New Orleans Public Library
|Administrations of the Mayors of New Orleans|
George F. Shepley (1819-1878)
George Foster Shepley was born in Saco, Maine, January 1, 1819, the son of Ether Shepley L.L.D. Chief Justice of the Supreme Judicial Court of Maine, and Anne (Foster) Shepley.|
He studied law at Harvard and also in Portland, and began to practice law at Bangor in 1840. He was appointed United States District Attorney under President Polk, a post he held until 1861. When the war between the States broke out, he acted as Commander of a brigade in General Butler’s expedition.
He was appointed acting Mayor of New Orleans in May 1862. His administration as Mayor lasted only one month and a few days and was characterized by mildness and dignity. He subsequently was appointed Military Governor of Louisiana.
The question of currency during Shepley’s short term was a very serious one. The large amount of paper money in circulation was beginning to occasion quite a bit of embarrassment. Notes and checks of all kinds were being destroyed by the chairman of the Finance Committee. The City Attorney, under direction of the City Council, took steps to prosecute those who thereafter issued notes or checks of any kid. Steps were also being taken by the Council to authorize the city to issue city notes signed by the Treasurer equal in amount and of denominations similar to those issued by individuals. With these the individual issues were to be gradually taken up. By October 28, 1862, $1,435,104 in such city notes had been issued, but the benefit seems not to have been very great. A new order, which had been anticipated, prohibiting Confederate notes, was issued and this added new difficulties to an already complex condition of affairs.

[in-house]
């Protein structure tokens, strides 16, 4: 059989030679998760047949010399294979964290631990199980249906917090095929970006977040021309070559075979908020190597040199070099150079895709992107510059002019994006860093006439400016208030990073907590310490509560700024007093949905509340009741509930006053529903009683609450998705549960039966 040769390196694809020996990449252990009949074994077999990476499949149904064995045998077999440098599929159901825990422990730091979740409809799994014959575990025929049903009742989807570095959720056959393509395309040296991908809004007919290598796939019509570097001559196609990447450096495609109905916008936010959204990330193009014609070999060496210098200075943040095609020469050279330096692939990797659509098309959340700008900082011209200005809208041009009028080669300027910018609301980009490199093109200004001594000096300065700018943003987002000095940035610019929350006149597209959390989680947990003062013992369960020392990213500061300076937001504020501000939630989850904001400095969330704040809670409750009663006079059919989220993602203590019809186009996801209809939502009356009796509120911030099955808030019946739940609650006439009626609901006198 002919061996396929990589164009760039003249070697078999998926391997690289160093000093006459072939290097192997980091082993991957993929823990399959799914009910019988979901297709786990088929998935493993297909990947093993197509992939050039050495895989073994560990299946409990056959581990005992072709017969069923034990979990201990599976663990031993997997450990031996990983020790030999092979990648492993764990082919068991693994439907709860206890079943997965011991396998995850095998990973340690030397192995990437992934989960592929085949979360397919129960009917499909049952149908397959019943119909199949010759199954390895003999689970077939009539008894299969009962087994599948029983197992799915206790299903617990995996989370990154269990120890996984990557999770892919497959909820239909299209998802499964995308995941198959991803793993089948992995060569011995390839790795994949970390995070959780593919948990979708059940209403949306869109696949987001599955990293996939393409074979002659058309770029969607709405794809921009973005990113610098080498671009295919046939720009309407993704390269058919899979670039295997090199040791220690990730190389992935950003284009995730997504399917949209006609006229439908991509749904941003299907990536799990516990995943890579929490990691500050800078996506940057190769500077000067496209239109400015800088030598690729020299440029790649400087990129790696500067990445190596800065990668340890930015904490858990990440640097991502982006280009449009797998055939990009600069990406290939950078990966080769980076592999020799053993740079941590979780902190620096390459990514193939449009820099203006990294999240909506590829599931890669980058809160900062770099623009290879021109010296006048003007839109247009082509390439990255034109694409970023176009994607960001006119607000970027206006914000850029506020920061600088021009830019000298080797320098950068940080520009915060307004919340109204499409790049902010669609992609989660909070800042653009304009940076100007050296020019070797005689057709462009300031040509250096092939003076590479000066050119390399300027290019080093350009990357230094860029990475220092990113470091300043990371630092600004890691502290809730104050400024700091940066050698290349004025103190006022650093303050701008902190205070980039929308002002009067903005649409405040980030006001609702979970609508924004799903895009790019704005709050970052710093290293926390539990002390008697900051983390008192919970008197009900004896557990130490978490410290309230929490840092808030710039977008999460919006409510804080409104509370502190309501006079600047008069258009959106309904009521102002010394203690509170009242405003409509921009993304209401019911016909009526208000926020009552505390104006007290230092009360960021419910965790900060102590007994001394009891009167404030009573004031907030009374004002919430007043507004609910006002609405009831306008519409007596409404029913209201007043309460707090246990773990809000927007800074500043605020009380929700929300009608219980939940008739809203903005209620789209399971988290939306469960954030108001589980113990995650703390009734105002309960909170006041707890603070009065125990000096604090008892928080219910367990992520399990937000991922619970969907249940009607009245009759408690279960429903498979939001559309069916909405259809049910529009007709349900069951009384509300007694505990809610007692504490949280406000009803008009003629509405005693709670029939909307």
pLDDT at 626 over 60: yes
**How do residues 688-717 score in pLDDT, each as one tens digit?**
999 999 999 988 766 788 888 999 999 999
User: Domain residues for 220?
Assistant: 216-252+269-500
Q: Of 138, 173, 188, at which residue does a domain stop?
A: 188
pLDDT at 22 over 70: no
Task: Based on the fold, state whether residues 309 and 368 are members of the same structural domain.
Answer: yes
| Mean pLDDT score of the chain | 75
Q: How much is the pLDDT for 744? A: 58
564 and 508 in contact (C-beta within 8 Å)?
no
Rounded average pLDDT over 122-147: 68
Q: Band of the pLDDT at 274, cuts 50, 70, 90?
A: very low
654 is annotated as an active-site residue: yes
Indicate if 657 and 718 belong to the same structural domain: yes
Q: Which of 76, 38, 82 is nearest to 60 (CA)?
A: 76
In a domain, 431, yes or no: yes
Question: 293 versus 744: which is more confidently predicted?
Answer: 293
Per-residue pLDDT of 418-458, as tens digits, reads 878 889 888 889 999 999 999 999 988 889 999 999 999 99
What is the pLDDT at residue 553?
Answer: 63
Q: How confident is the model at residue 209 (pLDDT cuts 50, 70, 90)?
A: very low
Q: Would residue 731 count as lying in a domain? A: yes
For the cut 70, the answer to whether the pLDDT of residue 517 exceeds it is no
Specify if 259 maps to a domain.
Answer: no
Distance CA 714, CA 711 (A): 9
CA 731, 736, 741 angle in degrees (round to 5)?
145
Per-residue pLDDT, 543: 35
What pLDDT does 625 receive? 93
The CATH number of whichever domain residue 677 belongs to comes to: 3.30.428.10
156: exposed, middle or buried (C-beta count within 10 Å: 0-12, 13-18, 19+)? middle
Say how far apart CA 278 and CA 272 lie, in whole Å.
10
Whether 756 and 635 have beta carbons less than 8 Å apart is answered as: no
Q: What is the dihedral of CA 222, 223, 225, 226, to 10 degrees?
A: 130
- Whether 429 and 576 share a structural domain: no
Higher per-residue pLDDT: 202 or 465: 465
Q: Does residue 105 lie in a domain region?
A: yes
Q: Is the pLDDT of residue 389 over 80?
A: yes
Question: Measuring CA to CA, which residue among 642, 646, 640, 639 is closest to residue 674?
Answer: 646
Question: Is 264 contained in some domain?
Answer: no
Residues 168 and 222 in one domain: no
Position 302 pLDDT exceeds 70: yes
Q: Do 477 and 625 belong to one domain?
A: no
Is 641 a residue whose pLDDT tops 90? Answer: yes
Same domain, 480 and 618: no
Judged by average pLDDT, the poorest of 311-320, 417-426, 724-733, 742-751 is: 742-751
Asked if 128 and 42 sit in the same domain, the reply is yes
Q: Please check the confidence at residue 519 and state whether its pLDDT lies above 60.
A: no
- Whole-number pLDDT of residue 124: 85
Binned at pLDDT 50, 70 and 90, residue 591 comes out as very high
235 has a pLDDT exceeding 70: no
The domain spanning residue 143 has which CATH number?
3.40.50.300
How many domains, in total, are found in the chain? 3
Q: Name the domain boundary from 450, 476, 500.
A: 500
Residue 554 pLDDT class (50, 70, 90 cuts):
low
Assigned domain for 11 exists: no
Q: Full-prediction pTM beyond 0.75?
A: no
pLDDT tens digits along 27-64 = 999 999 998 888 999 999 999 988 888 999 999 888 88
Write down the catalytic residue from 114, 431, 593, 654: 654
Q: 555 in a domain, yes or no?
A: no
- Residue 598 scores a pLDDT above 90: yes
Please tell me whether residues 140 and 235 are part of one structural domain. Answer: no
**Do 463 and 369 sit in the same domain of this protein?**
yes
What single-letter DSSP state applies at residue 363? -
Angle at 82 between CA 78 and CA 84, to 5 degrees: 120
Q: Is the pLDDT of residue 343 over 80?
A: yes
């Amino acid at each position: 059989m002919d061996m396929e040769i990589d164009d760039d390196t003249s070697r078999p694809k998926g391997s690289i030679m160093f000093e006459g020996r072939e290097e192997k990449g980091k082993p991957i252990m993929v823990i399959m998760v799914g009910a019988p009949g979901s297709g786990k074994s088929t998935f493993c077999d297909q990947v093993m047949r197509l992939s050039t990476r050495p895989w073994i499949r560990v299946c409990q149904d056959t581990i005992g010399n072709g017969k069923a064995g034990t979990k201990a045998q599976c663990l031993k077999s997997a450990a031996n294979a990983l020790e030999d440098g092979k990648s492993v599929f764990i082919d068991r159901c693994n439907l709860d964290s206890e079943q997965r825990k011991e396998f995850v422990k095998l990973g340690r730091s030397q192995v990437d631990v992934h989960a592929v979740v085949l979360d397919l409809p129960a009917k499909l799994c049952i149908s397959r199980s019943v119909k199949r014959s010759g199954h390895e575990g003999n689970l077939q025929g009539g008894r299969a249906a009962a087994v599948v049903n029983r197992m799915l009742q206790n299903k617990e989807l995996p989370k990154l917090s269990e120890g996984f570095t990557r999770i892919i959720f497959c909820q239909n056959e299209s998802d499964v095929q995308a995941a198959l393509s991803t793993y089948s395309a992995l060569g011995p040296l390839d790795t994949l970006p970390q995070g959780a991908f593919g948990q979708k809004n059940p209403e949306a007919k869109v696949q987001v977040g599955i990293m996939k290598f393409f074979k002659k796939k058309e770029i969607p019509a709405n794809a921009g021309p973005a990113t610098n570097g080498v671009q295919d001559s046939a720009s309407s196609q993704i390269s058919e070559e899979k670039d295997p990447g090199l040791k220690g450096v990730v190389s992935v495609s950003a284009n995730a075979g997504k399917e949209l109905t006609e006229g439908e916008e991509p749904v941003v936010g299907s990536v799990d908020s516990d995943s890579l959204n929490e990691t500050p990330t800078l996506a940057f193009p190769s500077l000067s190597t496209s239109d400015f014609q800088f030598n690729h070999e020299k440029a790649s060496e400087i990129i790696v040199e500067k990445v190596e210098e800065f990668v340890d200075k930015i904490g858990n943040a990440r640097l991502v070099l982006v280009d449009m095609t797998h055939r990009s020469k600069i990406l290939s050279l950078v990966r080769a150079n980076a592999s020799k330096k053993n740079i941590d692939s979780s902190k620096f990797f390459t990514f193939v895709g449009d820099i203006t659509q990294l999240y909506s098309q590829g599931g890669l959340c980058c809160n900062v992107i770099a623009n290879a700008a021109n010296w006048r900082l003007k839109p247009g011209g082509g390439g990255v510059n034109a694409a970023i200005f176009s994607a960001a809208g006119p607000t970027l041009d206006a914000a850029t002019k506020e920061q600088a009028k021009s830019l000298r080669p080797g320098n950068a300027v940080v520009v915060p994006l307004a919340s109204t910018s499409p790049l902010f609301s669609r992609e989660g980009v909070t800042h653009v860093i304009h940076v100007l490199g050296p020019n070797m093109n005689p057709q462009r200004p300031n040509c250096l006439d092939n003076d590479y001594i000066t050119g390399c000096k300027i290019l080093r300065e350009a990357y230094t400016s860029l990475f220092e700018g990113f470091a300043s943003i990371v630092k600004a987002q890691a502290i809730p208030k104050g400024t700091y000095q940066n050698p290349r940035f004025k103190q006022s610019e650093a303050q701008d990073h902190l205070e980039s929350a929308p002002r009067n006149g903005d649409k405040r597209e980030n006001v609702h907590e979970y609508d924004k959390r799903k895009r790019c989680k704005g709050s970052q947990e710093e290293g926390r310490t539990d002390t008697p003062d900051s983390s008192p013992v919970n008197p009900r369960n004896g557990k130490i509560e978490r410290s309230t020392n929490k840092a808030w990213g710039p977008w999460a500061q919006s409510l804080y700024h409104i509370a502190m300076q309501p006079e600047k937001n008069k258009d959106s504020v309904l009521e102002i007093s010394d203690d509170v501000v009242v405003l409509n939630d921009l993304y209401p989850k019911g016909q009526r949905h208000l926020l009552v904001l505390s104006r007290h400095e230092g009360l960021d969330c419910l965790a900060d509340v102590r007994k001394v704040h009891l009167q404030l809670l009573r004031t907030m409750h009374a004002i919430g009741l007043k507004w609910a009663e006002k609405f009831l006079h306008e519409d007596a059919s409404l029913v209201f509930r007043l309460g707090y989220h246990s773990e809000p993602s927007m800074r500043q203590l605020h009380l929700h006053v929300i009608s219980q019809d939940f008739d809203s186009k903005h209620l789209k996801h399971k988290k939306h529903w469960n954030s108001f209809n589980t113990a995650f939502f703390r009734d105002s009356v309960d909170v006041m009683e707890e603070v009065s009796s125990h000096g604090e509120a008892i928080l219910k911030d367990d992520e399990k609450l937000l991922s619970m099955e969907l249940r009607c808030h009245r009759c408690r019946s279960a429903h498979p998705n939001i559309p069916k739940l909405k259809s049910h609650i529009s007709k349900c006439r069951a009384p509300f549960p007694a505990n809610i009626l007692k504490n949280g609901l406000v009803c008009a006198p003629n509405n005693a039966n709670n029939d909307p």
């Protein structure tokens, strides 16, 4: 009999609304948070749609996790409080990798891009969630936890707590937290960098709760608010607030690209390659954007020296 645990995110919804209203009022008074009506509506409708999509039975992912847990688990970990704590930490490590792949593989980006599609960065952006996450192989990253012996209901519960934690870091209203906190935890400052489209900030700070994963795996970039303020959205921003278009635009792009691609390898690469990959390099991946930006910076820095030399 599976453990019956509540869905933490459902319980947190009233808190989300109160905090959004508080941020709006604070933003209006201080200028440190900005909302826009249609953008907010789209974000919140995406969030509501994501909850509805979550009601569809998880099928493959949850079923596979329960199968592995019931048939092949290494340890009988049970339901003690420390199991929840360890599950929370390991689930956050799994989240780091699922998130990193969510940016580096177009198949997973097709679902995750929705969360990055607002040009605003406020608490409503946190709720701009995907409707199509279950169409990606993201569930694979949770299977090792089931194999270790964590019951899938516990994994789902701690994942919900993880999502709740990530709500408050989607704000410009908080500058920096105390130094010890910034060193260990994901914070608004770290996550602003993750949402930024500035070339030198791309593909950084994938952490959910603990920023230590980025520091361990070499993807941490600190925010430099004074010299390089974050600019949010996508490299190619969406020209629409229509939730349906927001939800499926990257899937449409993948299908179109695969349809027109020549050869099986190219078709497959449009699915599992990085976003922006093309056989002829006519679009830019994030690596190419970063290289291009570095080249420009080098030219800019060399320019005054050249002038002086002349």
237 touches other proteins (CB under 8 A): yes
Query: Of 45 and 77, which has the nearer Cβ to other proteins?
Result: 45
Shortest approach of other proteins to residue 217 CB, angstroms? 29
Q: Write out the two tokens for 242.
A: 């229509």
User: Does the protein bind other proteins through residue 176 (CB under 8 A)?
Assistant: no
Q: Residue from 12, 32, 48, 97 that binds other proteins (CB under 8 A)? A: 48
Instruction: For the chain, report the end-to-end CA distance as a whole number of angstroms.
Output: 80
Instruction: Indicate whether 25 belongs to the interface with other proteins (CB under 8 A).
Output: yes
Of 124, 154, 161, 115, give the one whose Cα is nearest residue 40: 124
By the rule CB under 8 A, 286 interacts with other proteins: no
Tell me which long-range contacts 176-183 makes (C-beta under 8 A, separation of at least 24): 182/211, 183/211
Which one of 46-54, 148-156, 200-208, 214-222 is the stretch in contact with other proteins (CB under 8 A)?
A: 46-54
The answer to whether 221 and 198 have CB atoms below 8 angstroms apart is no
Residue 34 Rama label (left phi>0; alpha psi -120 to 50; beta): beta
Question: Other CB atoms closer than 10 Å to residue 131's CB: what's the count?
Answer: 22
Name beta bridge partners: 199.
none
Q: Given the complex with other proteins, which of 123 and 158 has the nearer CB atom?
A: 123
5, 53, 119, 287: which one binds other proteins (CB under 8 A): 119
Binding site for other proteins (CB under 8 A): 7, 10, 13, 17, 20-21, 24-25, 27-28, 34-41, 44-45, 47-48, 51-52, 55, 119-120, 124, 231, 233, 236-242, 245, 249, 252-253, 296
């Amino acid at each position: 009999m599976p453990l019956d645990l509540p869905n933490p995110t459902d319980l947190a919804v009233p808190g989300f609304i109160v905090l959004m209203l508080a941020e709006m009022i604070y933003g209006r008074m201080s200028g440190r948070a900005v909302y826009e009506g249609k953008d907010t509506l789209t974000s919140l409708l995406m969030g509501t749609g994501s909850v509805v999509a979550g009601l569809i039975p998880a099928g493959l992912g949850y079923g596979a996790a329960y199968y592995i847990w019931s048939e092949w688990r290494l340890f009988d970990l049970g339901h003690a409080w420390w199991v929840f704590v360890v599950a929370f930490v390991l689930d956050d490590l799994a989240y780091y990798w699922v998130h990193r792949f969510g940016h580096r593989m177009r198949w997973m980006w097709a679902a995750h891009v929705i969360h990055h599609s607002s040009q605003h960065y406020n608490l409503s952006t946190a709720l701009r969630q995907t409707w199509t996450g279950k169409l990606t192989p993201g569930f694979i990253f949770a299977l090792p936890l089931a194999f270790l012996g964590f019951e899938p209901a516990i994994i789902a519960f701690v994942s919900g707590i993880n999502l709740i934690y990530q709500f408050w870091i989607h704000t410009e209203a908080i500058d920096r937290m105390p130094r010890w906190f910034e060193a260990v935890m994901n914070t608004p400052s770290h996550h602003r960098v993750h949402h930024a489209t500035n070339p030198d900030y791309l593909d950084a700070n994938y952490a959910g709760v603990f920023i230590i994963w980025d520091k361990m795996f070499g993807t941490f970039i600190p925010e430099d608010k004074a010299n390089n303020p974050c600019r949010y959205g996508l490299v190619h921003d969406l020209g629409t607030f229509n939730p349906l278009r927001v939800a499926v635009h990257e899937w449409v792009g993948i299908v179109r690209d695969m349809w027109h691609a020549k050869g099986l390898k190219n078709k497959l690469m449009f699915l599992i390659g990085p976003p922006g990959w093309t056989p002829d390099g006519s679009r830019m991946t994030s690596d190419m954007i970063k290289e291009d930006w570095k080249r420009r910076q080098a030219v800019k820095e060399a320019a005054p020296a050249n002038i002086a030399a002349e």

During the War, Shelley had become Colonel of the Twelfth Maine Volunteers and commanded one of the first brigades that entered New Orleans.
On the inauguration of Governor Hahn, Shepley was transferred to eastern Virginia and subsequently he was appointed military governor of Richmond which post he served from April l3, 1865 until the end of June, when he resigned. Resuming his law practice at Portland, he declined a seat on the bench of the United States Court.
He figured conspicuously in Maine as a member of National Democracy and was a warm personal friend of President Jefferson Davis whom he had entertained while visiting New England some years before.
Governor Shepley was married at Bangor, Maine, July 24, 1844 to Lucy Ann Hayes. He died in Portland, Maine, July 20, 1878.
|Members of the Shepley Administration|
May 20-July 11, 1862
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